My Story - by The Bipolar Bandit‘My Story’

by ‘The Bipolar Bandit’

My name is Michelle Hughes and I started suffering from severe depression at the age of thirteen.  I would just cry and cry for no reason, and I could not concentrate or do simplest tasks like vacuuming. I would miss two weeks of school at a time.

I had a severe manic episode at the age of seventeen that resulted in a hospitalization.  It was during the month at the hospital that I was diagnosed with bipolar disorder.

I was always a good student and high achiever.  After missing two weeks of school, I would make up all my work in two to three days.  It is now thought that those were mini manic episodes that enabled me to do that.

I got mainly As in school, was the president of several clubs in high school and graduated from college with a degree in elementary education.  I was the manager of a movie theater, a trainer at Walt Disney World, and taught school for about ten years.  I was even named Teacher of the Year in 2004.  I am not telling you about these accomplishments to brag, but to make you realize that even though I had this mental illness, I was still able to achieve a lot.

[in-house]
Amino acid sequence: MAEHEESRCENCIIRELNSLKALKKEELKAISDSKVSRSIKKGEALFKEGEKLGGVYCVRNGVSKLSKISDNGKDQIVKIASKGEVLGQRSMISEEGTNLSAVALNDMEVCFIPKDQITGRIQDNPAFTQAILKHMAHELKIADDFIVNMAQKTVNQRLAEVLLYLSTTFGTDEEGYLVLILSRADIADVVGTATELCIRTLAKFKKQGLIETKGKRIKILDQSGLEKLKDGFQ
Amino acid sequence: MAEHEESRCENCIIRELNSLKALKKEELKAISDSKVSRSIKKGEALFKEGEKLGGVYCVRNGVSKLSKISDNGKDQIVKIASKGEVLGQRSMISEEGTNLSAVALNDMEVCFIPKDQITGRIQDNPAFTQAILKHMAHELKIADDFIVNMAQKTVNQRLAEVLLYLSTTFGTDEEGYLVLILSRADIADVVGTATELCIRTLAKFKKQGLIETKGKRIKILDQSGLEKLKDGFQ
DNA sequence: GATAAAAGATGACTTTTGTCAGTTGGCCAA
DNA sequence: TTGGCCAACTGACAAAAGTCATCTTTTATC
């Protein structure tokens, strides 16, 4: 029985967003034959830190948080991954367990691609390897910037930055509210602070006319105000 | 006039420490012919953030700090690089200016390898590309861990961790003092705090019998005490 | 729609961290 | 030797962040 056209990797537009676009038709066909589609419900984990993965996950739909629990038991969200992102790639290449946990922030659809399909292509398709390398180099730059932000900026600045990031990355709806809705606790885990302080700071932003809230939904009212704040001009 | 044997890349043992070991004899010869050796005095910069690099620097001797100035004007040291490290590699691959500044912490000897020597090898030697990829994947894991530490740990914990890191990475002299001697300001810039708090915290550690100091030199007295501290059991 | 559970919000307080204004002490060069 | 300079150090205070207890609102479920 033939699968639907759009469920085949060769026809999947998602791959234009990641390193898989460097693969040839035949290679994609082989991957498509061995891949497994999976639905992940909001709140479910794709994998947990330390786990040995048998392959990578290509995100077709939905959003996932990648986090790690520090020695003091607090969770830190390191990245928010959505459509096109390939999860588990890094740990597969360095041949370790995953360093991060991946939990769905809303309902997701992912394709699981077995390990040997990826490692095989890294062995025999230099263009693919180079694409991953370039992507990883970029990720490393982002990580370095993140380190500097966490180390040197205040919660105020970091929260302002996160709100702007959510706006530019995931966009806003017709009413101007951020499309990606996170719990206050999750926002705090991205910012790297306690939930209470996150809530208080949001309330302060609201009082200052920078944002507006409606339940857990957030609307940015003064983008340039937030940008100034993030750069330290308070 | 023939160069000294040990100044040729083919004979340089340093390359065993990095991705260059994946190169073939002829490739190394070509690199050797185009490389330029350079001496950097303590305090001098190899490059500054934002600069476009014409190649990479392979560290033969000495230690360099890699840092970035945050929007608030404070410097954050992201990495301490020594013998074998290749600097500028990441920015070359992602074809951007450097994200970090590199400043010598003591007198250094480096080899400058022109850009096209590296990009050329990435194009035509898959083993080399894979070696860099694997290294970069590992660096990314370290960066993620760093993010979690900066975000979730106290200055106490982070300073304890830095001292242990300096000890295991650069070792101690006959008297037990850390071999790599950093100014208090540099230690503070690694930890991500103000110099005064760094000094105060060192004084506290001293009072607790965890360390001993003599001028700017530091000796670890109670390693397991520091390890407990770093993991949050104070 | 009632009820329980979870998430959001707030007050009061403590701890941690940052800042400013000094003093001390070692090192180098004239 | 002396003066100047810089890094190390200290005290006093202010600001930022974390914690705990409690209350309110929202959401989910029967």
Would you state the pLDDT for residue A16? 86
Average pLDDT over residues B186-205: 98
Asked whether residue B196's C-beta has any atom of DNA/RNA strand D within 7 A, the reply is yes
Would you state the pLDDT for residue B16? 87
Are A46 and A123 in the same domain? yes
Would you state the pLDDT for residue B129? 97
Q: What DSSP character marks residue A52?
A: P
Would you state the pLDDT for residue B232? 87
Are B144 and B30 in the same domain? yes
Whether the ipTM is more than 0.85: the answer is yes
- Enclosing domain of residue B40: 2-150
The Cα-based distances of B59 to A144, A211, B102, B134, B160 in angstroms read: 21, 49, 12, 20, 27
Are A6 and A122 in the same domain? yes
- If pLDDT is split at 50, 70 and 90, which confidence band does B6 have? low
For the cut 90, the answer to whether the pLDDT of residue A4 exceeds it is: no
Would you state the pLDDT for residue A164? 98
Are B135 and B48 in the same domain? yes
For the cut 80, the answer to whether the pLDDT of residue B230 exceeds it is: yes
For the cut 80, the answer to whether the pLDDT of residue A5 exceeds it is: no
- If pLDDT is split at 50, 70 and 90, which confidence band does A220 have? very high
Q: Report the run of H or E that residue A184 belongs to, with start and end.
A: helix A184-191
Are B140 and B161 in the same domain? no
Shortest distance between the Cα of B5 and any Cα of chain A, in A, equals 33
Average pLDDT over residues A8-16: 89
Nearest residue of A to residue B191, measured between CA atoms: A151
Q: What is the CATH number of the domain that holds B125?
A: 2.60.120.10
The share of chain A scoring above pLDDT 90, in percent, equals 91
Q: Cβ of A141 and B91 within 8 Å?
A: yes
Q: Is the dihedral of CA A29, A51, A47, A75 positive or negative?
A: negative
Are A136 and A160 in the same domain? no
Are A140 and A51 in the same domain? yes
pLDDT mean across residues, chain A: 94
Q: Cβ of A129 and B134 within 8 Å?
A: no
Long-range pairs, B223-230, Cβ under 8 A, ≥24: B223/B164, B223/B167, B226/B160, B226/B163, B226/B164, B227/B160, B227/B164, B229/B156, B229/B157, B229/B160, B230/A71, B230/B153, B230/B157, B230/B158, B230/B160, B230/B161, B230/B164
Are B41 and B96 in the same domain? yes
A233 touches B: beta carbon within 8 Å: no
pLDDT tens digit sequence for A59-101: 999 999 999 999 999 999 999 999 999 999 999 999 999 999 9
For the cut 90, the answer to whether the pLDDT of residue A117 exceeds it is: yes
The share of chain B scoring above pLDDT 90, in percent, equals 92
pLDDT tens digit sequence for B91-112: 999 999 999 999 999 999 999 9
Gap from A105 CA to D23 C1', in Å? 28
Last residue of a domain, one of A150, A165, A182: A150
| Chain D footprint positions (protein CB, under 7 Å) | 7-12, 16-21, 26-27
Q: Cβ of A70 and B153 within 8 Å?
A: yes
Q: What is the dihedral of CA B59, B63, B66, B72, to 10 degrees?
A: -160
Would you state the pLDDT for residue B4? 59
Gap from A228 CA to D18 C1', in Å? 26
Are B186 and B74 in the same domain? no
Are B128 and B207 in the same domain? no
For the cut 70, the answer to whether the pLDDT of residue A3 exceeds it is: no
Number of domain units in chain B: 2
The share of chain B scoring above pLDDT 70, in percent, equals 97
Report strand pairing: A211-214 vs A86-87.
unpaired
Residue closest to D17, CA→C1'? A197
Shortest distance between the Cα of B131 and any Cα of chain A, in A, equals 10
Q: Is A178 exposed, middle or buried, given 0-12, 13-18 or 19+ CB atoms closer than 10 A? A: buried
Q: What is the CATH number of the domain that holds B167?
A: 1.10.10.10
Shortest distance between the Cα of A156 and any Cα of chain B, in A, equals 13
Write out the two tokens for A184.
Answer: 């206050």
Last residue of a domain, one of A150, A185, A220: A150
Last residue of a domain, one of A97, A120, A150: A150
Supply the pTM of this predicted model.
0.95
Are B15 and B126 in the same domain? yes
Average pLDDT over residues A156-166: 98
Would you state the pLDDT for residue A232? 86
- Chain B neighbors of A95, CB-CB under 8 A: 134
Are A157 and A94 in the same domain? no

I have been hospitalized more times than I can count.  Although most of the time it was for psychiatric reasons, I was also hospitalized several times for ailments that were thought to be caused by the medications I was on for bipolar disorder.  I had pancreatitis, my gall bladder removed, numerous stomach problems severe enough for hospitalizations, tardive dyskenisia and heart problems bad enough to put me in the ICU.  The worst was when I developed dystonia and my chin was “stuck” to my chest for about four months.  I was really lucky this was not permanent.

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After being in the hospital for various reasons sixteen times in one year, I was forced to stop teaching and go on disability.

I have always tried to fight for the rights of the mentally ill.  I am also on a mission to fight the stigma of mental illness.  I have written numerous letters to politicians trying to change the way those who have mental illnesses are treated.

I fight the battle every day.  I mainly stay somewhat depressed, but am mostly worried about the manic episodes.  The last time I was hospitalized was for ten days and that was about four months ago.  I keep fighting the fight, although some days it seems hopeless.  I have a strong support system, a loving family, and a strong faith, and am determined to rise above this illness.  These things help me every day.

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